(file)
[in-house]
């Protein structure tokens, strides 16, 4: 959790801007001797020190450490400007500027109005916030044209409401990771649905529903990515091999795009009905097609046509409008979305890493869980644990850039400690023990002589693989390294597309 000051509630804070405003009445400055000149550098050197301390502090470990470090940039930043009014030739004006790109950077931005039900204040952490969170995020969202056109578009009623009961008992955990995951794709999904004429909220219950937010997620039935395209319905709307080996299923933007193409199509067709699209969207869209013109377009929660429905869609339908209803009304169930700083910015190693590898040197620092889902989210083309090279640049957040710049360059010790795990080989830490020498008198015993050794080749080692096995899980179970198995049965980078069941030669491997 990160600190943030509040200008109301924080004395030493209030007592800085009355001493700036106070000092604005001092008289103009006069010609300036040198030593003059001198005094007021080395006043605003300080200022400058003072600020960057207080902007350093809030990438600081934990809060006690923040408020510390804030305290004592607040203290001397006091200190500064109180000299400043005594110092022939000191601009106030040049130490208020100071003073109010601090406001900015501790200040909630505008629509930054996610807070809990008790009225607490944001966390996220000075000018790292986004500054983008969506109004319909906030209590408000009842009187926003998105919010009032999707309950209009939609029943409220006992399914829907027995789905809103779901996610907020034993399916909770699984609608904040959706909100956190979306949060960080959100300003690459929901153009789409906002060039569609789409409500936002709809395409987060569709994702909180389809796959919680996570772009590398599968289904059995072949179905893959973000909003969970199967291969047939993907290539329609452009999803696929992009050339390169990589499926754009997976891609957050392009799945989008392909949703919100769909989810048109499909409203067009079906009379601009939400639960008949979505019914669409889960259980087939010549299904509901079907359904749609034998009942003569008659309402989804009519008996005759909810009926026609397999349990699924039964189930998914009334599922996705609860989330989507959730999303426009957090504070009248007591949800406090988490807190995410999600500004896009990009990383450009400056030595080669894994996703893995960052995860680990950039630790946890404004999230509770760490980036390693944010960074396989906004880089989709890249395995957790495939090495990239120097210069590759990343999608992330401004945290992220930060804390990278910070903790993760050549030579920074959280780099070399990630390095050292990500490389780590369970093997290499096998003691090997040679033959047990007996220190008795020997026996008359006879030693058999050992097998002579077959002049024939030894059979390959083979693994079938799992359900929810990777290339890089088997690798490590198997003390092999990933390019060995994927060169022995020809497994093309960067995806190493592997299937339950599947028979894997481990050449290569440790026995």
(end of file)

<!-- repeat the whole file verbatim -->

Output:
[in-house]
């Protein structure tokens, strides 16, 4: 959790801007001797020190450490400007500027109005916030044209409401990771649905529903990515091999795009009905097609046509409008979305890493869980644990850039400690023990002589693989390294597309 000051509630804070405003009445400055000149550098050197301390502090470990470090940039930043009014030739004006790109950077931005039900204040952490969170995020969202056109578009009623009961008992955990995951794709999904004429909220219950937010997620039935395209319905709307080996299923933007193409199509067709699209969207869209013109377009929660429905869609339908209803009304169930700083910015190693590898040197620092889902989210083309090279640049957040710049360059010790795990080989830490020498008198015993050794080749080692096995899980179970198995049965980078069941030669491997 990160600190943030509040200008109301924080004395030493209030007592800085009355001493700036106070000092604005001092008289103009006069010609300036040198030593003059001198005094007021080395006043605003300080200022400058003072600020960057207080902007350093809030990438600081934990809060006690923040408020510390804030305290004592607040203290001397006091200190500064109180000299400043005594110092022939000191601009106030040049130490208020100071003073109010601090406001900015501790200040909630505008629509930054996610807070809990008790009225607490944001966390996220000075000018790292986004500054983008969506109004319909906030209590408000009842009187926003998105919010009032999707309950209009939609029943409220006992399914829907027995789905809103779901996610907020034993399916909770699984609608904040959706909100956190979306949060960080959100300003690459929901153009789409906002060039569609789409409500936002709809395409987060569709994702909180389809796959919680996570772009590398599968289904059995072949179905893959973000909003969970199967291969047939993907290539329609452009999803696929992009050339390169990589499926754009997976891609957050392009799945989008392909949703919100769909989810048109499909409203067009079906009379601009939400639960008949979505019914669409889960259980087939010549299904509901079907359904749609034998009942003569008659309402989804009519008996005759909810009926026609397999349990699924039964189930998914009334599922996705609860989330989507959730999303426009957090504070009248007591949800406090988490807190995410999600500004896009990009990383450009400056030595080669894994996703893995960052995860680990950039630790946890404004999230509770760490980036390693944010960074396989906004880089989709890249395995957790495939090495990239120097210069590759990343999608992330401004945290992220930060804390990278910070903790993760050549030579920074959280780099070399990630390095050292990500490389780590369970093997290499096998003691090997040679033959047990007996220190008795020997026996008359006879030693058999050992097998002579077959002049024939030894059979390959083979693994079938799992359900929810990777290339890089088997690798490590198997003390092999990933390019060995994927060169022995020809497994093309960067995806190493592997299937339950599947028979894997481990050449290569440790026995």